I put away my pooter and trowel for this trip and dusted off my bins and scope. The plan, hatched on Friday night, was to spend a few days birding on and around the Dingle peninsula, Co. Kerry. It’s been a record-breaking autumn for transatlantic vagrants already, following Hurricanes Irene and especially Katia. I was hoping to get a piece of the action. It sounded as though what few birders were out on the west coast of Ireland were finding yanks wherever they looked. Would it be like looking for a needle in a sewing-box?
En route to Luton Airport on Tuesday morning, I got a text that Hudsonian Whimbrel had been found on Three Castles Head, Co. Cork. Drove 2½ hours straight there from Kerry Airport. The bird was quite a way off but I got one clear view of its diagnostic dark rump. A tick!
Hung around birding Three Castles and Mizen Heads until late morning on Wednesday. Rather few migrants in the bushes and gardens (1 Spotted Fly, 1 Reed Warbler and 1 Willow Warbler plus 1 Sand Martin with the other hirundines). Local birders reckoned there’d be nobody birding out on the Beara peninsula so I headed over there for the rest of Wednesday. Firkeel valley is a magical place with an awesome track record including Rose-breasted Grosbeak, Red-eyed Vireo, Scarlet Tanager and Ireland’s first Parula. On this day it held just a Chiff-chaff and a Willow Warbler.
It was so windy it felt like I ought to be seawatching so I had a look off Garnish Point. Great views of Sooty and Manx Shearwaters and a lovely flock of 11 Grey Phalaropes bobbing in the surf below me.
After two days spent doing a lot of driving, on Thursday I walked and birded from dawn till dusk, covering the whole of the Inch strand and estuary on the Dingle peninsula. Saw thousands of birds but got the tides wrong and the all-important flocks of Dunlin and Sanderling were too distant. I did pick out a Buff-breasted Sandpiper though, my first yankee find of the trip. Excellent, even though this is a species I have found before on Scilly and Fair Isle.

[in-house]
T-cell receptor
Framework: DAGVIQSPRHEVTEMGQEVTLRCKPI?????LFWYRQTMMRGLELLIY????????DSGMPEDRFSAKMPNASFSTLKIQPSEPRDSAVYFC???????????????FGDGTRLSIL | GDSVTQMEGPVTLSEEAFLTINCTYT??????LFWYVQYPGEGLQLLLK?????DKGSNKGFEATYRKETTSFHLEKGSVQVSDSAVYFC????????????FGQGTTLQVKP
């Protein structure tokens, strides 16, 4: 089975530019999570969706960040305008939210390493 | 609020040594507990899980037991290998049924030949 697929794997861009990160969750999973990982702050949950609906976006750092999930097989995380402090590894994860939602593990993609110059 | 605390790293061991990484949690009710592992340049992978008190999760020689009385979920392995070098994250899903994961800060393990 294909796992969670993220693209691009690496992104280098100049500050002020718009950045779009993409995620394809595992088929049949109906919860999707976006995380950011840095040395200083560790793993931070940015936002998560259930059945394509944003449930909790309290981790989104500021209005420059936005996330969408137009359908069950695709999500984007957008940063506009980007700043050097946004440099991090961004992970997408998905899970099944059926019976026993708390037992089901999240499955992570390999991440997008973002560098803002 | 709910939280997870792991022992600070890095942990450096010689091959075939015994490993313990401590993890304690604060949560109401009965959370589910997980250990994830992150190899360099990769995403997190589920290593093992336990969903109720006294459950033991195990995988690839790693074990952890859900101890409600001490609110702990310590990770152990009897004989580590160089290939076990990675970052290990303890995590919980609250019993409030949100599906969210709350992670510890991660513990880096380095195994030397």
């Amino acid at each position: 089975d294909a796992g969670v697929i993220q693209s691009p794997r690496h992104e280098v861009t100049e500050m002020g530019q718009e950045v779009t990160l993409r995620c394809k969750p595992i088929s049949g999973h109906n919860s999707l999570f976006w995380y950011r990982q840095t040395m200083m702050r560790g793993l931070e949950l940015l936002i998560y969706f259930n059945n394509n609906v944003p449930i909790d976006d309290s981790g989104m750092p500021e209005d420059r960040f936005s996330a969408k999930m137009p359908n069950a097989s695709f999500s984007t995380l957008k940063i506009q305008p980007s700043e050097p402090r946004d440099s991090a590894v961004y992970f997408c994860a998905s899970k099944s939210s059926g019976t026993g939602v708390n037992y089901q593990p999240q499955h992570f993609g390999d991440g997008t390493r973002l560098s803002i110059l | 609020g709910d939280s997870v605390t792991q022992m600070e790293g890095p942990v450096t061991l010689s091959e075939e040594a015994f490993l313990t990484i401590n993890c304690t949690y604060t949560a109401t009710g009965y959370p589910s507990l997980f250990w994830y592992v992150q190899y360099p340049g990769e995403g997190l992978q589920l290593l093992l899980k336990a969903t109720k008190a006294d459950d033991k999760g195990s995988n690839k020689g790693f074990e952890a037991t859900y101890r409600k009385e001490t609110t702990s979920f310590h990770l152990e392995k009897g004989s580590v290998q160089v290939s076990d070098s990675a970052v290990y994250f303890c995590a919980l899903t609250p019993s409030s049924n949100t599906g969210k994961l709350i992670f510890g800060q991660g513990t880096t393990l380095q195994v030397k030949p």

I was back out near Inch Point on Friday, in position for the rising tide and spent hours scoping through hundreds of Dunlin, Sanderling and Ringed Plover as they came closer and closer. Eventually my scope landed on something different – Semi-palmated Sandpiper! The first one I’ve found. A couple of times I suspected there were two birds but it was hard to be sure in the mêlée. Saw the Buff-breast again and at least 10 Curlew Sandpipers. I think this is a top-class birding site but it’s a 1½ hour fast walk from Sammy’s Café at the start of the beach, even if you know where to cut across the dunes. It’s one of the places Jo and I birded on our honeymoon.
Spent the last of the afternoon birding Blennerville and Black Rock Strand. Both sites I’ve heard of but never visited before. Had great views of the adult American Golden Plover at Black Rock Strand, albeit in driving rain.